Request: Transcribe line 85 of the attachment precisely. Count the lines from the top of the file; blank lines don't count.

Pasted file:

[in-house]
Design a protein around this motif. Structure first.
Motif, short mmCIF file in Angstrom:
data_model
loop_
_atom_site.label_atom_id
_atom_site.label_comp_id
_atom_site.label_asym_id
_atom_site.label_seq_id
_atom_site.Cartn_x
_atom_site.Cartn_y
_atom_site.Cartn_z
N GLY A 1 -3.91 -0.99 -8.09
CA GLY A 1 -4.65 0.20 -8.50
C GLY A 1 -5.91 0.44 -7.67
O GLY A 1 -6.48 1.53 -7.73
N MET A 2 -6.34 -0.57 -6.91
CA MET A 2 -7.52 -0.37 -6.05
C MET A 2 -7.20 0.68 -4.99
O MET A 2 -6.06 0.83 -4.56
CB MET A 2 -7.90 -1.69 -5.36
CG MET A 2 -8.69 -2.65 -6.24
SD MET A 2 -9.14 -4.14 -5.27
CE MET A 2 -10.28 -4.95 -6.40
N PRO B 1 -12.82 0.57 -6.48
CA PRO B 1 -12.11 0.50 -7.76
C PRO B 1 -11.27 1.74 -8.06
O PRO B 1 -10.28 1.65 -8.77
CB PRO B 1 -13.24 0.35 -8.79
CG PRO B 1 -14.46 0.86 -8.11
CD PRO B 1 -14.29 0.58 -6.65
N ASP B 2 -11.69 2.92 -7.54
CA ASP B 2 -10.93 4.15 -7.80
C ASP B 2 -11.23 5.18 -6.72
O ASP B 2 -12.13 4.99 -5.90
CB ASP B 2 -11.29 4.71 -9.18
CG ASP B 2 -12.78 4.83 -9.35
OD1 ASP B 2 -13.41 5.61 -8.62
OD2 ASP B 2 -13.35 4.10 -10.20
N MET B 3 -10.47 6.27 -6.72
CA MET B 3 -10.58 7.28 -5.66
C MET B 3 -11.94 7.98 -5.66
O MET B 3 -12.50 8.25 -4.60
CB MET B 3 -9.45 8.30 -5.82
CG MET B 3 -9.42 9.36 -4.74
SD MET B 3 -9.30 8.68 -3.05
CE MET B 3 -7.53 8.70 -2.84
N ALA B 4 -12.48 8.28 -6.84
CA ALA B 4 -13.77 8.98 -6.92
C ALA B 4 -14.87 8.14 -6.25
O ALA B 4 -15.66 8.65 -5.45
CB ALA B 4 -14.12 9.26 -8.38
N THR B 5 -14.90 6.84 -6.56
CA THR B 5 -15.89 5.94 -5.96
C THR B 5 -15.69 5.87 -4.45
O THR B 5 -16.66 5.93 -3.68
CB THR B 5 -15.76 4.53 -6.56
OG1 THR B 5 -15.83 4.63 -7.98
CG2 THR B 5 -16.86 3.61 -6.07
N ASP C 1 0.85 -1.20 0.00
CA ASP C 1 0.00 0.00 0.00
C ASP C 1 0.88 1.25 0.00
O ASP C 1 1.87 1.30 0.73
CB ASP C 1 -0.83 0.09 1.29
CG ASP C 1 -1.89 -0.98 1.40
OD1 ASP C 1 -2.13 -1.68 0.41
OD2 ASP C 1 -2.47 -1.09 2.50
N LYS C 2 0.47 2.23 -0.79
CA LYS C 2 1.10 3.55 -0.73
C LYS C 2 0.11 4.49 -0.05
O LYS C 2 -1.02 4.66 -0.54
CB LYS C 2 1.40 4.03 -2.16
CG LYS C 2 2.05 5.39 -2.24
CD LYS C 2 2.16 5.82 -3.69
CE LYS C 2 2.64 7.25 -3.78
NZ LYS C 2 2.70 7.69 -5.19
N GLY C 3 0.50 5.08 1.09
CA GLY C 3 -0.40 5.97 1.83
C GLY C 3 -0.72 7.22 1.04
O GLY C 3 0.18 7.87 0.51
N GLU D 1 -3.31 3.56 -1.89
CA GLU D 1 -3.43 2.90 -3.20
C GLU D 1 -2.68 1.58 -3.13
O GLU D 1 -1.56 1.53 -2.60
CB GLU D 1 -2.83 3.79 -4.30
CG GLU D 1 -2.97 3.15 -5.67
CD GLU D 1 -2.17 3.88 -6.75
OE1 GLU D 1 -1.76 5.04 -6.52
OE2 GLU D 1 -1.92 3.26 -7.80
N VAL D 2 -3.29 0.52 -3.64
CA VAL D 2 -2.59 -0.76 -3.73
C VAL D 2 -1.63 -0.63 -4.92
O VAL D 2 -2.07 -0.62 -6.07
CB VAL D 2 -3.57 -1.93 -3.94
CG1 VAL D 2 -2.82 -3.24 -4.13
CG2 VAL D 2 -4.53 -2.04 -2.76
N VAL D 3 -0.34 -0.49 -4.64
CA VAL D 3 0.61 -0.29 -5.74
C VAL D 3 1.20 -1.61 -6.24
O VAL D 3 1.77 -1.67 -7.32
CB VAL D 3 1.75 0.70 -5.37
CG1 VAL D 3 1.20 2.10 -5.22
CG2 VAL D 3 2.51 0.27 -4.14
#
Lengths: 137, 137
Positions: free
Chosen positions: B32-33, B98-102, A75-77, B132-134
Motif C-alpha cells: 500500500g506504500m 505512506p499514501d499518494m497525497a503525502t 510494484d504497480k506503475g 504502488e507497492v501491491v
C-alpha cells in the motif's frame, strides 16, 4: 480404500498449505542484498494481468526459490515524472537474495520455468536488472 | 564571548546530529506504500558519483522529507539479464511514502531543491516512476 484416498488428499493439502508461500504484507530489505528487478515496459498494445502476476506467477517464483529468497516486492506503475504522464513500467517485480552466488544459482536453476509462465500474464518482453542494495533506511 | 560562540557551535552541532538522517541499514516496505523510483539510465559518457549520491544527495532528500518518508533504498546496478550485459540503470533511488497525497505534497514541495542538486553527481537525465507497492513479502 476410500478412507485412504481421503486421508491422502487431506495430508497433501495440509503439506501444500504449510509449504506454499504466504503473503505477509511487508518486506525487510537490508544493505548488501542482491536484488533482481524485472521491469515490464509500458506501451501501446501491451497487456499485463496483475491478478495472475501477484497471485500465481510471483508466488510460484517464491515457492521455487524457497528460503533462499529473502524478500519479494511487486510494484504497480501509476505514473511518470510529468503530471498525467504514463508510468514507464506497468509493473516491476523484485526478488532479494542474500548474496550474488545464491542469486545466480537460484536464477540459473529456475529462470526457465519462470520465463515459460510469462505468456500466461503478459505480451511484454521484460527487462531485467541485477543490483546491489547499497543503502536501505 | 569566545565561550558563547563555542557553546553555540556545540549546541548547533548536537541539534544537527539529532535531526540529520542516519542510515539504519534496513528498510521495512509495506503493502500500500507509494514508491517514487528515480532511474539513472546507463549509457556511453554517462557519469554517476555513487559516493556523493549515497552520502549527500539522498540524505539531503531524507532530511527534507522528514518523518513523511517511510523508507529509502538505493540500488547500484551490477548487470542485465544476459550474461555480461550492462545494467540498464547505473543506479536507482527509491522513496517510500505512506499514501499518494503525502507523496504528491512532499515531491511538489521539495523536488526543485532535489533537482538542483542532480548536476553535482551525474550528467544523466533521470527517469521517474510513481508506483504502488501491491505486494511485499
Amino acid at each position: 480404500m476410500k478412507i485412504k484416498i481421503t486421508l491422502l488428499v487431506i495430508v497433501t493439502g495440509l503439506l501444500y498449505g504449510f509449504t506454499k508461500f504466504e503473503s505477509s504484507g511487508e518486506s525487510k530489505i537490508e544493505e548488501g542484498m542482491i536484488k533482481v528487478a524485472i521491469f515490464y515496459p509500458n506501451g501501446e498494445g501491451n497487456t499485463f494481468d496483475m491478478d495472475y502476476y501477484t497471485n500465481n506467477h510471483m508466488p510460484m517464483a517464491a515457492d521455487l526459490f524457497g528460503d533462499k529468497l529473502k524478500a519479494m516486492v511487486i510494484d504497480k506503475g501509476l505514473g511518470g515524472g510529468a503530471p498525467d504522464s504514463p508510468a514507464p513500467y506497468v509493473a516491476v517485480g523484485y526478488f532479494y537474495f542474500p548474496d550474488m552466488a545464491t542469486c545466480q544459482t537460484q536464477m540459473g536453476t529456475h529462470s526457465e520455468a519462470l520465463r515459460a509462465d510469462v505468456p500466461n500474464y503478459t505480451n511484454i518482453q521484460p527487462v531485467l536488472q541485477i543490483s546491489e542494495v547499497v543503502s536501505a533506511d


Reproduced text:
CB GLU D 1 -2.83 3.79 -4.30